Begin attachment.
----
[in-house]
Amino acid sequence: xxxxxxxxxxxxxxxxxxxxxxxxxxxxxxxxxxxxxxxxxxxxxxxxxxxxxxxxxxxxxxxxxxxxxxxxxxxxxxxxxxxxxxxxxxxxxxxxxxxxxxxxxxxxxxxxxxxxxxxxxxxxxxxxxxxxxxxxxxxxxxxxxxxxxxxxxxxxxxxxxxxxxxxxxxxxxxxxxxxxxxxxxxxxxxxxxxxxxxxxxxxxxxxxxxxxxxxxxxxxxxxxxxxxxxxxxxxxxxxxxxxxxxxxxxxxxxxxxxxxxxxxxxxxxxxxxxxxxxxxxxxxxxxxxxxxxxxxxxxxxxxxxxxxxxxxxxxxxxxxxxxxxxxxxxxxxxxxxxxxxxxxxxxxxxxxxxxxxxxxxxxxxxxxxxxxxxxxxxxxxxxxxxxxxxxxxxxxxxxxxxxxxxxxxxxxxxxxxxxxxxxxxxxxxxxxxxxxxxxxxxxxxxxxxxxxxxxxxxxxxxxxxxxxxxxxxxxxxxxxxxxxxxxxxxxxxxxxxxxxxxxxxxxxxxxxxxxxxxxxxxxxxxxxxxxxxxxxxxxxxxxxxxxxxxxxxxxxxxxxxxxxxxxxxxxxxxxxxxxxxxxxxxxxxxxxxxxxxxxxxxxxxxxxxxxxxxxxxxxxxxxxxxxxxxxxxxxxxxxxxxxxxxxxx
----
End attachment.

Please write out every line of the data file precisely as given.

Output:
[in-house]
Amino acid sequence: xxxxxxxxxxxxxxxxxxxxxxxxxxxxxxxxxxxxxxxxxxxxxxxxxxxxxxxxxxxxxxxxxxxxxxxxxxxxxxxxxxxxxxxxxxxxxxxxxxxxxxxxxxxxxxxxxxxxxxxxxxxxxxxxxxxxxxxxxxxxxxxxxxxxxxxxxxxxxxxxxxxxxxxxxxxxxxxxxxxxxxxxxxxxxxxxxxxxxxxxxxxxxxxxxxxxxxxxxxxxxxxxxxxxxxxxxxxxxxxxxxxxxxxxxxxxxxxxxxxxxxxxxxxxxxxxxxxxxxxxxxxxxxxxxxxxxxxxxxxxxxxxxxxxxxxxxxxxxxxxxxxxxxxxxxxxxxxxxxxxxxxxxxxxxxxxxxxxxxxxxxxxxxxxxxxxxxxxxxxxxxxxxxxxxxxxxxxxxxxxxxxxxxxxxxxxxxxxxxxxxxxxxxxxxxxxxxxxxxxxxxxxxxxxxxxxxxxxxxxxxxxxxxxxxxxxxxxxxxxxxxxxxxxxxxxxxxxxxxxxxxxxxxxxxxxxxxxxxxxxxxxxxxxxxxxxxxxxxxxxxxxxxxxxxxxxxxxxxxxxxxxxxxxxxxxxxxxxxxxxxxxxxxxxxxxxxxxxxxxxxxxxxxxxxxxxxxxxxxxxxxxxxxxxxxxxxxxxxxxxxxxxxxxxx